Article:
Brown worked with Flag Officer William McKean, commanding the Gulf Blockading Squadron, to drive the Confederates out of their nearby positions along Pensacola Bay at Forts McRee and Barrancas, and the Pensacola Navy Yard. At 9:55 a.m. on November 22, the steamers U.S.S. Niagara and Richmond, aided by artillery from Fort Pickens, opened a massive bombardment.

The Confederates quickly abandoned the navy yard, but the Federal vessels could not get any closer than 2,000 yards due to shallow waters. Meanwhile, Confederate artillery began responding with their four-mile line of batteries facing Fort Pickens.

The Confederates in Fort McRee sustained a tremendous shelling. A soldier in the 1st Alabama at Pensacola wrote:

“On one occasion, simultaneous volleys raked the outer walls and parapets of the fort (McRee), wrapped it with flames of bursting shells, sent huge timbers and massive pieces of concrete flying through the air, swept away the flagstaff and demolished a section of wall on the right. As dimly seen from our position the whole structure seemed to bulge and sink to the earth in one general conflagration and gigantic heap of ruins.”

By 3 p.m., the Federals had disabled all of Fort McRee’s batteries while keeping up their fire on Fort Barrancas and the navy yard as well. Confederate gunners at Barrancas hit the Richmond twice, killing one and wounding eight, before the ships withdrew for the night. Brown then ordered the firing from Pickens suspended, ending the action for the day.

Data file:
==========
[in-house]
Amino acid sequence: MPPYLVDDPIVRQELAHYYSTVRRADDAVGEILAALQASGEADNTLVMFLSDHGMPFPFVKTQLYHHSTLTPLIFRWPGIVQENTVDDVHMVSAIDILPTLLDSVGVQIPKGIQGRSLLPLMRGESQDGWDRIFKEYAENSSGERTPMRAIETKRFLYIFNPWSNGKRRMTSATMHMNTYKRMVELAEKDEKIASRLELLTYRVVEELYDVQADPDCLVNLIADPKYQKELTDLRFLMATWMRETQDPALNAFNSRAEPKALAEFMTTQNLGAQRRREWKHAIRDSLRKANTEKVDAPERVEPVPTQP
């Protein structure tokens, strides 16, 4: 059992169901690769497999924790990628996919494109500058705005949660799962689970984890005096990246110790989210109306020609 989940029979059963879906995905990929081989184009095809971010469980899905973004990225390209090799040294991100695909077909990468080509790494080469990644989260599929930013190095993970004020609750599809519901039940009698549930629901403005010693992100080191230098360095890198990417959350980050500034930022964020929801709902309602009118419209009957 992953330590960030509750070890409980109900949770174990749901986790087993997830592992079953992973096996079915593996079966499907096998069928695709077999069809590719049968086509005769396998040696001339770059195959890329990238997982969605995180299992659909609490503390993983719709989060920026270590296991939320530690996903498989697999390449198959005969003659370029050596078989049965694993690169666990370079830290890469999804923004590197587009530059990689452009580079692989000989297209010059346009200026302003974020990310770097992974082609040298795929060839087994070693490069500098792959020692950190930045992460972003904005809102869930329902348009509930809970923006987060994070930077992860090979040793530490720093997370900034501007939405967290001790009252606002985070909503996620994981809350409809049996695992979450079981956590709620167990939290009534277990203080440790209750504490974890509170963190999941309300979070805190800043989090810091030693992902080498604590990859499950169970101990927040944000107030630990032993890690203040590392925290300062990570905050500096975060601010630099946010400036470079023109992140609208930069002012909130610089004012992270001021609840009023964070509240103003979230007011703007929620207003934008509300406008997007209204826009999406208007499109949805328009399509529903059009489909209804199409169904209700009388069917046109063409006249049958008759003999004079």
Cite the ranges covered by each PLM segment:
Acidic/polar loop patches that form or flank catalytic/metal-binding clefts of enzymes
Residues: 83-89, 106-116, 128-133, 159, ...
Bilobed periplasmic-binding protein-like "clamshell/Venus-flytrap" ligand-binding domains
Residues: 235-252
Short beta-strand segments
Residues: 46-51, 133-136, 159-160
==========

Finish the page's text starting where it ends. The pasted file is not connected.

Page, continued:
Bragg reported that “the number and caliber of guns and weight of metal brought into action it will rank with the heaviest bombardment in the world,” making the fight “grand and sublime. The fire of the enemy, though terrific in sound and fury, proved to have been only slightly damaging, except to McRee.” Bragg noted that fire from the Niagara and Richmond had “much greater accuracy, the fort and garrison of McRee suffered more.” The Confederates sustained 21 casualties (one killed and 20 wounded).

The Federals resumed their bombardment the next day without the Richmond, which had been put out of action. The Niagara and the guns from Fort Pickens opened on the three main Confederate positions, shooting the flags away from Forts McRee and Barrancas by noon and pummeling both the shore batteries and the lighthouse. The Niagara tried getting closer but became a prime target herself, forcing her to withdraw under heavy fire.

That afternoon, Federal gunners began firing hotshot (i.e., heated cannonballs), burning most of the nearby town of Warrington to the ground. Firing ended at nightfall, with the Confederates still holding all their fortifications despite suffering heavy damage. Federals had fired about 5,000 rounds over 28 hours. Both sides combined sustained eight men killed.

Bragg congratulated his troops on what he called a victory over the enemy: “We have crippled his ships and driven them off, and forced the garrison of Fort Pickens, in its impotent rage, to slake its revenge by firing into our hospital, and burning the habitations of our innocent women and children, who had been driven there from by an unannounced storm of shot and shell.”